Man admits to misappropriating over $1.4m in teak wood investment scam

Matthew Goh Tian Si was convicted on one count of criminal breach of trust. ST PHOTO: KELVIN CHNG

SINGAPORE - To dupe investors into pouring their money into a fake teak wood investment scheme, a man and his father invited potential investors to seminars and even a site visit to a teak plantation in Indonesia.

A total of 92 investors signed 131 investment agreements and paid $2.26 million to participate in the "investment schemes".

On Monday (May 23), Matthew Goh Tian Si, 44, the director of Prosperity Ventures Global and Abby Resource, admitted to misappropriating more than $1.4 million of the total amount.

He was convicted on one count of criminal breach of trust. Another similar charge will be taken into account in his sentencing.

Goh's father, Goh Toh Heng, 79, who claimed to be a director of an Indonesia-incorporated company identified in court documents as PT Abby Resources Minerals, was involved in the ruse. His case is pending.

The court heard that between December 2014 and July 2016, Prosperity Ventures was purportedly marketing mature teak investment opportunities offered by PT Abby Resources Minerals.

The first scheme claimed to offer a one-year investment with an annual return of 24 per cent, and the second a two-year investment with an annual return of 17 per cent.

The investment agreements assured investors of a guaranteed return of the principal sum at the end of the investment period.

The investors signed and received a sale and purchase agreement and a certificate of ownership of the share of teak trees.

Among other things, the agreement falsely represented that PT Abby Resources Minerals was the proprietor of plantation land in Indonesia and that it had planted teak trees there; that it owned two Indonesian plantations in Sulawesi Tenggara and at Kabuputen Gunung Kidul Daerah Istimewa in Yogjakarta; and that it was the sole owner of the teak trees.

Prosperity Ventures was operated by the younger Goh from a shared office workspace. He hired staff to market the investment schemes.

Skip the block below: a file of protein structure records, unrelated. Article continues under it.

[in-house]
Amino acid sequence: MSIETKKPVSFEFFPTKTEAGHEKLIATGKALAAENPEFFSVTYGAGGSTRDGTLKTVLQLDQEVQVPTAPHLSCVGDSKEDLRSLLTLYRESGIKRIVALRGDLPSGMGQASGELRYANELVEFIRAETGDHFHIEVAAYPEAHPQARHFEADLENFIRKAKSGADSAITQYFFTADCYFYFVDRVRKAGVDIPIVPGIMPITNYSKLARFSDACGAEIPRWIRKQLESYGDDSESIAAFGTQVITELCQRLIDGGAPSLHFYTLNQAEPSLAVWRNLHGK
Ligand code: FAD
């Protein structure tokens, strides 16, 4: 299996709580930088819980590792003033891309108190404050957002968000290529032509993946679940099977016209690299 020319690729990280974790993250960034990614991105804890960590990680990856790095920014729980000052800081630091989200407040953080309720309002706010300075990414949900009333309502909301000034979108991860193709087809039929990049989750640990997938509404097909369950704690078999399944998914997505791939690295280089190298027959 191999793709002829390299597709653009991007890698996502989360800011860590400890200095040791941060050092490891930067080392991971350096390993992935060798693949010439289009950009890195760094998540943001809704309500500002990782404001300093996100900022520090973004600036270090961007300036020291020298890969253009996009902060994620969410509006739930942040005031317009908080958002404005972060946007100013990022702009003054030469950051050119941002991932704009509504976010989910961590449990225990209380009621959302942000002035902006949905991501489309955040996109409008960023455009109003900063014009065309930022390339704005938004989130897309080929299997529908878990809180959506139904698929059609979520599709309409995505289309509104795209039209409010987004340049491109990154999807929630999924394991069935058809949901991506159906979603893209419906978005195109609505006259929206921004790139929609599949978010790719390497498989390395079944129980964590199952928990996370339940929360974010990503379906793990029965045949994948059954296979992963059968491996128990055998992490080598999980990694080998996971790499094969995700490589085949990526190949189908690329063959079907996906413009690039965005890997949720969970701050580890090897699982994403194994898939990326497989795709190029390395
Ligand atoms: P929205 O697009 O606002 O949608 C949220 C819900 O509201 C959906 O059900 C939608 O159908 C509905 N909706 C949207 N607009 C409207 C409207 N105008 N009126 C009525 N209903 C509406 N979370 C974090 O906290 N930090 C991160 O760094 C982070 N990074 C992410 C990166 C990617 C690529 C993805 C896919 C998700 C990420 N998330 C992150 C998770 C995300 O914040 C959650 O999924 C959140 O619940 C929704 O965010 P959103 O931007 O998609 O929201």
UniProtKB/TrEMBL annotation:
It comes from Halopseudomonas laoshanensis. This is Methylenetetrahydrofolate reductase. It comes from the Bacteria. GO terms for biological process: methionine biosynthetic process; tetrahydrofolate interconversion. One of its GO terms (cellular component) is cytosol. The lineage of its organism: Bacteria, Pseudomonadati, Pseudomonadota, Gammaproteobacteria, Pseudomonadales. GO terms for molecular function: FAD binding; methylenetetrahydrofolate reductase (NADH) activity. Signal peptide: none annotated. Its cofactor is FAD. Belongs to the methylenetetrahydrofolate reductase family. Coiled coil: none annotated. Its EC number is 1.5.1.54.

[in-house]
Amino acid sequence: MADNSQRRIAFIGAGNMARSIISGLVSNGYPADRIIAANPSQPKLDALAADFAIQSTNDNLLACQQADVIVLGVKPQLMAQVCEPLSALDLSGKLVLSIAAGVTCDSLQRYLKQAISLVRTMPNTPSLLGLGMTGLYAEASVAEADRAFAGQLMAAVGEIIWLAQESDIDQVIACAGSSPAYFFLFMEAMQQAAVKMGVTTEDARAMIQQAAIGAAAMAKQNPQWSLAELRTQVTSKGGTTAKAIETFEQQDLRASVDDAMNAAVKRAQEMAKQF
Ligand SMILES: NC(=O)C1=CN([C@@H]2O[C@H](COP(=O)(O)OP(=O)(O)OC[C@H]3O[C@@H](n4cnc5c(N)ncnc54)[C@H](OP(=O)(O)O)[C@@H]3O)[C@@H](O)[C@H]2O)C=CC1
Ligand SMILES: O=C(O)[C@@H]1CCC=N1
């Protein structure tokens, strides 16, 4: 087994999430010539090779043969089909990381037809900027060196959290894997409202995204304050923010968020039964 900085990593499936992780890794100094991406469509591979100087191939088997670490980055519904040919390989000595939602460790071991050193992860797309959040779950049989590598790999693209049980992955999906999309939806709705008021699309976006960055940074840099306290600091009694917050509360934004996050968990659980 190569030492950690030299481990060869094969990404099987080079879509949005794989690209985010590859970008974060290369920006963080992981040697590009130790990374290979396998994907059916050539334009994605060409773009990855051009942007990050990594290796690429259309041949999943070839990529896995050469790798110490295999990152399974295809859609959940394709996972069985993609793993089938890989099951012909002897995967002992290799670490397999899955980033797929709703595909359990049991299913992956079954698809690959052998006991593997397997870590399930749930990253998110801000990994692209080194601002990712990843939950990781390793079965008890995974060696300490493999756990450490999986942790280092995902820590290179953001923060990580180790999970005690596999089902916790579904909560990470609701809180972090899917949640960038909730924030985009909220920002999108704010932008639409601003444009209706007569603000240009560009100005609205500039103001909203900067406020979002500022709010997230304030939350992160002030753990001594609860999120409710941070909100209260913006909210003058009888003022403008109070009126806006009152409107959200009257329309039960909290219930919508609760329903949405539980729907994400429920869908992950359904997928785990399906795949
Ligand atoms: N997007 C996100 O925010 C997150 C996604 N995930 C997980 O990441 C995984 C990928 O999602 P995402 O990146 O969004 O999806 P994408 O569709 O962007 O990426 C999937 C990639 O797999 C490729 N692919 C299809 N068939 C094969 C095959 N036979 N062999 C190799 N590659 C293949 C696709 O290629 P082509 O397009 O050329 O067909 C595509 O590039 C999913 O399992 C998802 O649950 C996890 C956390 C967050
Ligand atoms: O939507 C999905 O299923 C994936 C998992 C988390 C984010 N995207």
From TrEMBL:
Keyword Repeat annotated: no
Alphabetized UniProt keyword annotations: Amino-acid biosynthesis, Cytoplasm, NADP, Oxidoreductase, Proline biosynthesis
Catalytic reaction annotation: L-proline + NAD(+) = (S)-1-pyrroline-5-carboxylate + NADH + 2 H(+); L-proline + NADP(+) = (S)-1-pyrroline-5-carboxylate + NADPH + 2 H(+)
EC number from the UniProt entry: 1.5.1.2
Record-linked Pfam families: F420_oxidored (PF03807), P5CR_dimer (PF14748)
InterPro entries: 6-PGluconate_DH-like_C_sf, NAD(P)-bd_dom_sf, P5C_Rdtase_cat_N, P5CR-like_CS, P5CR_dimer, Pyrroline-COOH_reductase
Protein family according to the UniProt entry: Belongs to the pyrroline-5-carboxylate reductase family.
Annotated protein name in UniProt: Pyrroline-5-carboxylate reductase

Potential investors were invited to attend seminars on the investment schemes and ask questions about the investments.

They were also invited to go for a site visit to a plantation in Yogjakarta.

The $2.26 million was deposited into Abby Resource's and Prosperity Ventures' bank accounts.

The younger Goh admitted knowing that PT Abby Resources Minerals did not own any teak plantations and that Prosperity Ventures made false representations to investors.

In July 2016, investors began lodging police reports saying that PT Abby Resources Minerals had defaulted on its promised returns.

To date, 17 investors have filed police reports, none of whom have received anything back from the sums invested, said deputy public prosecutors Stephanie Chew and Tay Jia En.

Between December 2014 and November 2015, the younger Goh transferred some of the money into his own personal account and into accounts of his father and other family members.

In April 2016, Prosperity Ventures told investors that it could not fulfil its obligations due to a shipping accident that caused the cargo to be lost at sea.

There is no evidence that this accident occurred, said the prosecution.

Both men left Singapore in June 2017. The younger Goh returned in June 2018, while his father returned in November that year.

The younger Goh is scheduled to be sentenced on May 30.

Those convicted of criminal breach of trust face a jail term of up to seven years, a fine, or both.

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